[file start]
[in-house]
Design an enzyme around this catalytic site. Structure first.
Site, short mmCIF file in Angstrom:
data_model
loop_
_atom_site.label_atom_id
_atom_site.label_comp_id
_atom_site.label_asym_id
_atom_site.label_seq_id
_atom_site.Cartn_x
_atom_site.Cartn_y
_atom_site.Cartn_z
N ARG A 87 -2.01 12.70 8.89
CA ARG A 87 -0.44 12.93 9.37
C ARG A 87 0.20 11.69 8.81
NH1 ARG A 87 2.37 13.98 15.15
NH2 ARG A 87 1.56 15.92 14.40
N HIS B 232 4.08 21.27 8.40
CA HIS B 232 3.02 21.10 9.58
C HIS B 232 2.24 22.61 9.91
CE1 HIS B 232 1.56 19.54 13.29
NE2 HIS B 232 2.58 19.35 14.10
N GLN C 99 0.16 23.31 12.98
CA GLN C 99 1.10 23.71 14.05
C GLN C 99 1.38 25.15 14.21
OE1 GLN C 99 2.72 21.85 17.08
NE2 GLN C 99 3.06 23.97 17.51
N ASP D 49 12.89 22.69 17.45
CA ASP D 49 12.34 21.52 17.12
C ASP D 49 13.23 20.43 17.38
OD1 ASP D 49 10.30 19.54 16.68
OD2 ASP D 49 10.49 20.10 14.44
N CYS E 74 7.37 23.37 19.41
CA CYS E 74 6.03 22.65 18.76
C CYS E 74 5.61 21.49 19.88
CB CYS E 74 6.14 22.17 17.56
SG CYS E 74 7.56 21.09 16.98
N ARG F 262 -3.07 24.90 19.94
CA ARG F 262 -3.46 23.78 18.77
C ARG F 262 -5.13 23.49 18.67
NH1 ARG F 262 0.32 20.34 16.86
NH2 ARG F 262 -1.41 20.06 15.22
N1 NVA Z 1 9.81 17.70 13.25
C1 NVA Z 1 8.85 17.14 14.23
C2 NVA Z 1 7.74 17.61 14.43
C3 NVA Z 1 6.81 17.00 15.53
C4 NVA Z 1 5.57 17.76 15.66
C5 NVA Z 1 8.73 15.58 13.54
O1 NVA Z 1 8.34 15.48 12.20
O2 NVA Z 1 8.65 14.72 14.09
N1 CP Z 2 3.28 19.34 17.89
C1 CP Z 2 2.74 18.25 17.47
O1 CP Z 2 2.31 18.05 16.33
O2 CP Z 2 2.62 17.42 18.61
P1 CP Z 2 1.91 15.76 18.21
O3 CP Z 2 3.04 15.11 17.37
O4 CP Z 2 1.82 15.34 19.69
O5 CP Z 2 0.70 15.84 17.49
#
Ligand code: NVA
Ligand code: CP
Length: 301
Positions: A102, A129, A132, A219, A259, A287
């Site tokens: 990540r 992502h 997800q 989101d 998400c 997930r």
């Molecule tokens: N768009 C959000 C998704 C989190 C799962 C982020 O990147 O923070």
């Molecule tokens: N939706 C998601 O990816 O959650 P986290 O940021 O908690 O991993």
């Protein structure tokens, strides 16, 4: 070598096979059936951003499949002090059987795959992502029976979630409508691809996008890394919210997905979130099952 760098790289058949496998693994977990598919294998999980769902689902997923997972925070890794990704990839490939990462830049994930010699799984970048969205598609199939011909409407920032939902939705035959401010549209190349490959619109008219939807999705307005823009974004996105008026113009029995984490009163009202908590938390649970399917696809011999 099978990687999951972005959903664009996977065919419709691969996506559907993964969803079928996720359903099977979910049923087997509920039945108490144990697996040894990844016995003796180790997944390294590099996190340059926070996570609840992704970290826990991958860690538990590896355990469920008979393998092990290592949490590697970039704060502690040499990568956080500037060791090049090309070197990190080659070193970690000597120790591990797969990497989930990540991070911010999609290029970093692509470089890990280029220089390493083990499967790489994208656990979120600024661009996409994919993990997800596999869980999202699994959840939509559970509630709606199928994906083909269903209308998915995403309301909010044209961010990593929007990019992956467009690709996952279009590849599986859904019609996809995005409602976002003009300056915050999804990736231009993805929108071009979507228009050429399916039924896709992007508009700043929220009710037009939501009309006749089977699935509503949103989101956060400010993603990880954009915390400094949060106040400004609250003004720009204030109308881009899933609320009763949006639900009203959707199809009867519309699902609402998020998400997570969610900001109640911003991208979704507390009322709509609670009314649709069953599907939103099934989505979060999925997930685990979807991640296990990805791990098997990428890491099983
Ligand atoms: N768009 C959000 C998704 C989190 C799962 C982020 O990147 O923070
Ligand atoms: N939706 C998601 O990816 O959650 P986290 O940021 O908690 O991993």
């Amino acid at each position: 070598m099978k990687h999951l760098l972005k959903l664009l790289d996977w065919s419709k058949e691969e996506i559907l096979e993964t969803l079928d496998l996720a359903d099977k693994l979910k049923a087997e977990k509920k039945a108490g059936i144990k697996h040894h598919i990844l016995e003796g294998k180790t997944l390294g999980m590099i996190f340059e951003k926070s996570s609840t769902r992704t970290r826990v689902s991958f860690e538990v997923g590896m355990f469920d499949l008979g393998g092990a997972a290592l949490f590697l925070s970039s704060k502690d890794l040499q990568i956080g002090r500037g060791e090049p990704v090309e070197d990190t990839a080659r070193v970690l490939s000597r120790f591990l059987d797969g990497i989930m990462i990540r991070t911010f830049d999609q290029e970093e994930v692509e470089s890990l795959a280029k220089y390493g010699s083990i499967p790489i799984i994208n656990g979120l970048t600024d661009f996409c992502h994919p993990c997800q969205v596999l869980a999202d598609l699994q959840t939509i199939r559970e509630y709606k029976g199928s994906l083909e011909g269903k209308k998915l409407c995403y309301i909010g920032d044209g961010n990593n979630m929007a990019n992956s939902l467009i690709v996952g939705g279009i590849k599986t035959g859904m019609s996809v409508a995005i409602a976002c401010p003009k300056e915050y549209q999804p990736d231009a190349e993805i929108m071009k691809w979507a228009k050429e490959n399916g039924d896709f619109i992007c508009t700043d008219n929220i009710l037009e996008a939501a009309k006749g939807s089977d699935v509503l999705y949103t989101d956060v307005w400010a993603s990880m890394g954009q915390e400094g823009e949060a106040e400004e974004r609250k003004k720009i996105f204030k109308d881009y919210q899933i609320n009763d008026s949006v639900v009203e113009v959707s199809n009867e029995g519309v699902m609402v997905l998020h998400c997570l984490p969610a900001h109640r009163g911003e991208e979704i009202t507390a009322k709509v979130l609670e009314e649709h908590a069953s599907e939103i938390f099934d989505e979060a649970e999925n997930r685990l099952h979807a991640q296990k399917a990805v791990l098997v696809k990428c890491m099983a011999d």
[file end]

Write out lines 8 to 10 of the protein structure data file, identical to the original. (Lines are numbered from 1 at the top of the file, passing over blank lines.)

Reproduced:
_atom_site.label_asym_id
_atom_site.label_seq_id
_atom_site.Cartn_x